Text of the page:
- Paperback: 96 pages
- Publisher: University of Oklahoma Press (April 15 1969)
- Language: English
- ISBN-10: 0806108282
- ISBN-13: 978-0806108285
- Product Dimensions: 12.4 x 0.7 x 19 cm
- Shipping Weight: 113 g
- Average Customer Review: 5 customer reviews
- Amazon Bestsellers Rank: #188,718 in Books (See Top 100 in Books)
Homeric Vocabularies: Greek and English Word-Lists for the Study of Homer Paperback – Apr 15 1969
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About the Author
William Bishop Owen was the authors of many articles and books on classical subjects.
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There is only one shortcoming, though I do consider it a serious one: the list of verbs does not include principal parts, and the noun list does not give genders or stems. You could easily write in the article and genitive forms for the nouns, but good luck trying to fit the five remaining principal parts of a verb on the same line as its entry. So no matter how you solve this problem, you will still need to look up nearly every word. That's an onerous task to inflict on a beginner. With a class of students, though, I suppose the teacher could divide up the drudge-work.
enormous. As an attempt to help the student of Homeric Greek acquire a good grasp on Homer's vocabulary, this little book is useful yet not as useful as it could have been.
The book contains word lists covering words that occur up to ten times in the Iliad and Odyssey. Unfortunately, there are serious faults with the word lists. As one reviewer has already mentioned, the verbs give only the present indicative active; with a verb such as audao (to speak, say, utter (something)(to someone)), this is no problem, since the verb only appears in a few tenses in which context and form always guarantee one's recognition of it. However, there are countless verbs which undergo such dramatic changes in form from one tense to the next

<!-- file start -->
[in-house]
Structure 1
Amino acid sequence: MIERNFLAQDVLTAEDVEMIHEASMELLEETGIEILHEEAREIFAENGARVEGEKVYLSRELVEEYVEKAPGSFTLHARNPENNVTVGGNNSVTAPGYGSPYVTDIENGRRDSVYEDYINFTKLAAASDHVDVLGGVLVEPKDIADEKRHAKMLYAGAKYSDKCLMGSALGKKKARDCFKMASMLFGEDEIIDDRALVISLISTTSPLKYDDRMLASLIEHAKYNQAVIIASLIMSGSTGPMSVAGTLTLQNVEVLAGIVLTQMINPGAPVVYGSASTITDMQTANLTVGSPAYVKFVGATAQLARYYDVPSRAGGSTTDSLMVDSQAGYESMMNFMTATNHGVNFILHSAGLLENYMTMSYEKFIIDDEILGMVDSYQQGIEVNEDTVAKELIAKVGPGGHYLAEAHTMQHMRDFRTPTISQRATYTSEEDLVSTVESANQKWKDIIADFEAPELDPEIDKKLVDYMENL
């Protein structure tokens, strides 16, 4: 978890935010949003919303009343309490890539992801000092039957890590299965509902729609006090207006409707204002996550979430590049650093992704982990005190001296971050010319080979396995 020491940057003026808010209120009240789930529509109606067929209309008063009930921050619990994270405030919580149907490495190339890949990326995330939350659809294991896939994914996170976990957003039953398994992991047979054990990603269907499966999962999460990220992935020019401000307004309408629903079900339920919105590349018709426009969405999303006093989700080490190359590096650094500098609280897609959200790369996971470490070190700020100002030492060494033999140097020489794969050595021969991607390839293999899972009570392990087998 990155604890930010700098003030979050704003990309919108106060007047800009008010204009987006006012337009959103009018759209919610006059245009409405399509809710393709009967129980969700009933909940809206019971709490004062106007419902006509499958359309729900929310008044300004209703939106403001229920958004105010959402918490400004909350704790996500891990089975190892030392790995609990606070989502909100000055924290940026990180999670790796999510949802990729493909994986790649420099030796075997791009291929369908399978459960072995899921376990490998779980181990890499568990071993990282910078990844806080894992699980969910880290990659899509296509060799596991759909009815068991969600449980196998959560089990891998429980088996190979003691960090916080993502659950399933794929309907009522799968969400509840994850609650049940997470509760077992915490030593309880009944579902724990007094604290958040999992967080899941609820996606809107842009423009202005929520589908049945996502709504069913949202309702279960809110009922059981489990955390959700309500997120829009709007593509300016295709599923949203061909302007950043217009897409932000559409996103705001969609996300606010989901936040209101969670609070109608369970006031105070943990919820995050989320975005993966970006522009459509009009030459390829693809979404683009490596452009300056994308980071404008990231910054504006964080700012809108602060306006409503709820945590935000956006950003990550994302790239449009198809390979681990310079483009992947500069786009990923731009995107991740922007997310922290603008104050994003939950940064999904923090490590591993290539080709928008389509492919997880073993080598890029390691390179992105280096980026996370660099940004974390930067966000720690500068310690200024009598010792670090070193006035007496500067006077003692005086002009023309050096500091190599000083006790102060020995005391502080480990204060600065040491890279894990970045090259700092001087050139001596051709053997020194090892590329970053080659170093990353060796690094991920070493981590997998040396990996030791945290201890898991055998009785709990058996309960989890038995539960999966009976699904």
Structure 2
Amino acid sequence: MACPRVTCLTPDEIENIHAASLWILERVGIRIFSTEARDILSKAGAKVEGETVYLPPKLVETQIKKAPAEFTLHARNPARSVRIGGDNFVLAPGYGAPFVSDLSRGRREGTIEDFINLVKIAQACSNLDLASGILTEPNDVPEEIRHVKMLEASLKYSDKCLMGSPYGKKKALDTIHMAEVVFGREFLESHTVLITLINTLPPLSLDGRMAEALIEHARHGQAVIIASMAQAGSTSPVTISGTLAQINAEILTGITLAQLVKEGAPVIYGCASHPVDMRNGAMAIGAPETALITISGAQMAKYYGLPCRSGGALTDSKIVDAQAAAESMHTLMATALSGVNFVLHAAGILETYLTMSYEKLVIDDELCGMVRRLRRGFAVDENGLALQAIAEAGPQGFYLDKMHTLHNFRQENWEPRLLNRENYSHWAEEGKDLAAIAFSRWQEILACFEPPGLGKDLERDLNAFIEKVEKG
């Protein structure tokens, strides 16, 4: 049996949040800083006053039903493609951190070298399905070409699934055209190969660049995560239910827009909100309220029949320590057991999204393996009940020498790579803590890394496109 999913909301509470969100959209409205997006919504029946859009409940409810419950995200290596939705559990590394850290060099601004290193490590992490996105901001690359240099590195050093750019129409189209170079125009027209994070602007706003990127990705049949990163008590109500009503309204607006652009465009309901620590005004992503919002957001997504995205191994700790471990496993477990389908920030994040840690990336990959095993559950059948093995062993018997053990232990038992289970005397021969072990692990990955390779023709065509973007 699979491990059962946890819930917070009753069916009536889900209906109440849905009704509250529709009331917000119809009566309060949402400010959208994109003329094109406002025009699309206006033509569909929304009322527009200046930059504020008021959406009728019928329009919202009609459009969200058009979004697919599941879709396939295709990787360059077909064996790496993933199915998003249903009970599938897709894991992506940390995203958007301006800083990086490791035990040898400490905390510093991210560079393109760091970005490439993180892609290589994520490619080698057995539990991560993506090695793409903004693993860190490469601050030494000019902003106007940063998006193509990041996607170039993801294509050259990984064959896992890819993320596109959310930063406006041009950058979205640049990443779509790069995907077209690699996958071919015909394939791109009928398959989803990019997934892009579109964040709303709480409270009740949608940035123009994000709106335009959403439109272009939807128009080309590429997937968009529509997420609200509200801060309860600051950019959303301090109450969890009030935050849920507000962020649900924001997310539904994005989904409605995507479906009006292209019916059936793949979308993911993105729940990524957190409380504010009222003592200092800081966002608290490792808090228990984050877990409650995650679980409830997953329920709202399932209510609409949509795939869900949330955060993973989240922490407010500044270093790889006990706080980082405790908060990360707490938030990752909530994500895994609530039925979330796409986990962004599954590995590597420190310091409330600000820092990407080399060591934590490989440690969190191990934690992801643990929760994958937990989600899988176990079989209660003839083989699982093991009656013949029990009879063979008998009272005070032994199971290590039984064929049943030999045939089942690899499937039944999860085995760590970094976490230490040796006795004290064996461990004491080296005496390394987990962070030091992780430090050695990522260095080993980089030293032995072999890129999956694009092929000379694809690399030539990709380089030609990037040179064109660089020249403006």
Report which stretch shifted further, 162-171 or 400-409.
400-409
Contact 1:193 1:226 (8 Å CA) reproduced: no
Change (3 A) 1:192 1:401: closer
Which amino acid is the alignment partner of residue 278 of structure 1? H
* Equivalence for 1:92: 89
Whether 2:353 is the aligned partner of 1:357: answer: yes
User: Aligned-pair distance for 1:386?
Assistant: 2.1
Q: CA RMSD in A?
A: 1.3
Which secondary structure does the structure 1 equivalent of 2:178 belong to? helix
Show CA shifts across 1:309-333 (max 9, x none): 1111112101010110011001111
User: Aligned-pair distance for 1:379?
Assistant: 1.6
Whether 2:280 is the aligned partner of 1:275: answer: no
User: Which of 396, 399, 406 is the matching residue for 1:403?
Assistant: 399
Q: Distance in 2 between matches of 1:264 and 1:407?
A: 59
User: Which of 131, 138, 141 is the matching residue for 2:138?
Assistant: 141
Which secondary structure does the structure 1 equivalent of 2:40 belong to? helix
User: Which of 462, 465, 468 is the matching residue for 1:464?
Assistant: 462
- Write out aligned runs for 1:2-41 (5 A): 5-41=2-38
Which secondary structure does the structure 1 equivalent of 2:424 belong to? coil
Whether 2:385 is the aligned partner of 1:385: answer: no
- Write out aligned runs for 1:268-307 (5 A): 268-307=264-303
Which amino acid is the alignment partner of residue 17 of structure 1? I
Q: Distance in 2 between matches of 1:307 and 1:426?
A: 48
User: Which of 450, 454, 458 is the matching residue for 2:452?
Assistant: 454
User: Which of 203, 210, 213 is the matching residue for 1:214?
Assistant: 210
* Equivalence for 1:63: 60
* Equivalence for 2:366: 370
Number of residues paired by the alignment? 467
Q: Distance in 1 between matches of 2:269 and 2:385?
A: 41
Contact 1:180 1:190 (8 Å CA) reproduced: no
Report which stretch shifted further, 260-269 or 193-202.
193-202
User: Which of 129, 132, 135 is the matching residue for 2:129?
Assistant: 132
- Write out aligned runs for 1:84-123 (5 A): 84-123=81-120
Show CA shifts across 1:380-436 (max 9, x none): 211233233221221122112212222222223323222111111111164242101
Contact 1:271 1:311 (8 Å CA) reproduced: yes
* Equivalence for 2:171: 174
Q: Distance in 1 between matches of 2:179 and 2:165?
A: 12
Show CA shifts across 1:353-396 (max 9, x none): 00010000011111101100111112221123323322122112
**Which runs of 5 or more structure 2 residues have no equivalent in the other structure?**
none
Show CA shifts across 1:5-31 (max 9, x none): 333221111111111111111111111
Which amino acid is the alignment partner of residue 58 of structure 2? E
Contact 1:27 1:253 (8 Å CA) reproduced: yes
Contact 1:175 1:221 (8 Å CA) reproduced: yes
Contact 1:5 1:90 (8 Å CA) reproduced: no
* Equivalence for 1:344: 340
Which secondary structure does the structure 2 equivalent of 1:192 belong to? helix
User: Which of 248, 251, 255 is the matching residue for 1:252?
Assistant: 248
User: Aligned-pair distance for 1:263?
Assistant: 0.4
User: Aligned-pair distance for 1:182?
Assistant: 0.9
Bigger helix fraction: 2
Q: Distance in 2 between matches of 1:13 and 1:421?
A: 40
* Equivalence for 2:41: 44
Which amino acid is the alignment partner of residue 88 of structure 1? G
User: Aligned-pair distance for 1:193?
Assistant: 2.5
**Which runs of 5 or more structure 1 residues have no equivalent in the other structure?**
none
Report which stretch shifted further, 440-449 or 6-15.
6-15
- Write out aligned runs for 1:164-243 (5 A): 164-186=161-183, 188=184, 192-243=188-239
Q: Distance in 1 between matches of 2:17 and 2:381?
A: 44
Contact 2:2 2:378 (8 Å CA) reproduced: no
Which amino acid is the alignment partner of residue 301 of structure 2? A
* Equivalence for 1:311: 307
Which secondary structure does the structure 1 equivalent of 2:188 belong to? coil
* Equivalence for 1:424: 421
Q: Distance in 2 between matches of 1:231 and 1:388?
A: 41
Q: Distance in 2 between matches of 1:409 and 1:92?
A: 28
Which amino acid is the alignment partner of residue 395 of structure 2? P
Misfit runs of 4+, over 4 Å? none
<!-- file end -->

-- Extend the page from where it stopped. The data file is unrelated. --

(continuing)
that knowing the present indicative active alone is well-nigh useless. Thus, principal parts should have been provided for such words.
Also, there are many words whose meaning changes from one context to the next. The definitions provided for such words in the word lists are almost useless, since they only equip the reader with an understanding of them in certain contexts.
One last criticism: There are a number of words which really do not need to be included in these word lists. Words like kai, de, and alla are so common and so basic that only the most intellectually challenged of Greek students would need to practice them.
So the book is useful for the absolute beginner in Homeric Greek, but its defects become more and more obvious the more
one progresses in one's learning. It's a shame that no one has come up with a better alternative to these word lists. Personally, I would love to see a full vocabulary guide to Homeric Greek such as one can find for the vocabulary of the Greek New Testament, in which principal parts and variant meanings are included, and in which all of Homer's vocabulary is covered down to those pesky hapax legomena (words used only once).
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